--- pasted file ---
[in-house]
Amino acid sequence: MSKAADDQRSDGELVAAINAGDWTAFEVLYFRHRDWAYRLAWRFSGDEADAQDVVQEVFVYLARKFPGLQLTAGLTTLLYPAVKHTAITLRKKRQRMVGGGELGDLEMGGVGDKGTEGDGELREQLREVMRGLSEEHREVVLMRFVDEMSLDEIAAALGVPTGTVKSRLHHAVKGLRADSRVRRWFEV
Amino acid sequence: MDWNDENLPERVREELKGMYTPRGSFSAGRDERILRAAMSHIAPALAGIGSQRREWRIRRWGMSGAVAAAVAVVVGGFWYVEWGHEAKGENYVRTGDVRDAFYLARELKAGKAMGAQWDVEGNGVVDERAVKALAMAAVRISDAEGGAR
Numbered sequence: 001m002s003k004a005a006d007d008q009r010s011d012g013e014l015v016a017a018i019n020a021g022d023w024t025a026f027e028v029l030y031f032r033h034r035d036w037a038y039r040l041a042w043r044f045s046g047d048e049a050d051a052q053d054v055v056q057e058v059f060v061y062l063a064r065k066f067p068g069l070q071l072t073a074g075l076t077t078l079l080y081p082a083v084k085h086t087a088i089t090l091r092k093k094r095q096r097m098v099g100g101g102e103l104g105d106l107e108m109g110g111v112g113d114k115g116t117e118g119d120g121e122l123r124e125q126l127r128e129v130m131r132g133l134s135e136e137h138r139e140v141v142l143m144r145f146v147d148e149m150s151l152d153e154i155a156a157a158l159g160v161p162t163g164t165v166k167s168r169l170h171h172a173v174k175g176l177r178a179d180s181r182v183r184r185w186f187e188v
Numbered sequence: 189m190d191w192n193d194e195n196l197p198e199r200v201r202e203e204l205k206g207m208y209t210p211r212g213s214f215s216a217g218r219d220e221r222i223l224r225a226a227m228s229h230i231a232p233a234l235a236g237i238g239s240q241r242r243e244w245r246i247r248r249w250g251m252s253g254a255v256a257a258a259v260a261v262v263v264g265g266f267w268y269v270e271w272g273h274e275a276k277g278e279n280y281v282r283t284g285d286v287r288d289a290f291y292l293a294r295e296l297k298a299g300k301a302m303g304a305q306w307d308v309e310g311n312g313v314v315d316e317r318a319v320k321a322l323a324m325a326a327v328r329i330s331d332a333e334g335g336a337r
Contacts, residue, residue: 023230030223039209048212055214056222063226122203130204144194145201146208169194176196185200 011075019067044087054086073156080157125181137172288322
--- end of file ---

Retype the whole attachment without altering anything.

[in-house]
Amino acid sequence: MSKAADDQRSDGELVAAINAGDWTAFEVLYFRHRDWAYRLAWRFSGDEADAQDVVQEVFVYLARKFPGLQLTAGLTTLLYPAVKHTAITLRKKRQRMVGGGELGDLEMGGVGDKGTEGDGELREQLREVMRGLSEEHREVVLMRFVDEMSLDEIAAALGVPTGTVKSRLHHAVKGLRADSRVRRWFEV
Amino acid sequence: MDWNDENLPERVREELKGMYTPRGSFSAGRDERILRAAMSHIAPALAGIGSQRREWRIRRWGMSGAVAAAVAVVVGGFWYVEWGHEAKGENYVRTGDVRDAFYLARELKAGKAMGAQWDVEGNGVVDERAVKALAMAAVRISDAEGGAR
Numbered sequence: 001m002s003k004a005a006d007d008q009r010s011d012g013e014l015v016a017a018i019n020a021g022d023w024t025a026f027e028v029l030y031f032r033h034r035d036w037a038y039r040l041a042w043r044f045s046g047d048e049a050d051a052q053d054v055v056q057e058v059f060v061y062l063a064r065k066f067p068g069l070q071l072t073a074g075l076t077t078l079l080y081p082a083v084k085h086t087a088i089t090l091r092k093k094r095q096r097m098v099g100g101g102e103l104g105d106l107e108m109g110g111v112g113d114k115g116t117e118g119d120g121e122l123r124e125q126l127r128e129v130m131r132g133l134s135e136e137h138r139e140v141v142l143m144r145f146v147d148e149m150s151l152d153e154i155a156a157a158l159g160v161p162t163g164t165v166k167s168r169l170h171h172a173v174k175g176l177r178a179d180s181r182v183r184r185w186f187e188v
Numbered sequence: 189m190d191w192n193d194e195n196l197p198e199r200v201r202e203e204l205k206g207m208y209t210p211r212g213s214f215s216a217g218r219d220e221r222i223l224r225a226a227m228s229h230i231a232p233a234l235a236g237i238g239s240q241r242r243e244w245r246i247r248r249w250g251m252s253g254a255v256a257a258a259v260a261v262v263v264g265g266f267w268y269v270e271w272g273h274e275a276k277g278e279n280y281v282r283t284g285d286v287r288d289a290f291y292l293a294r295e296l297k298a299g300k301a302m303g304a305q306w307d308v309e310g311n312g313v314v315d316e317r318a319v320k321a322l323a324m325a326a327v328r329i330s331d332a333e334g335g336a337r
Contacts, residue, residue: 023230030223039209048212055214056222063226122203130204144194145201146208169194176196185200 011075019067044087054086073156080157125181137172288322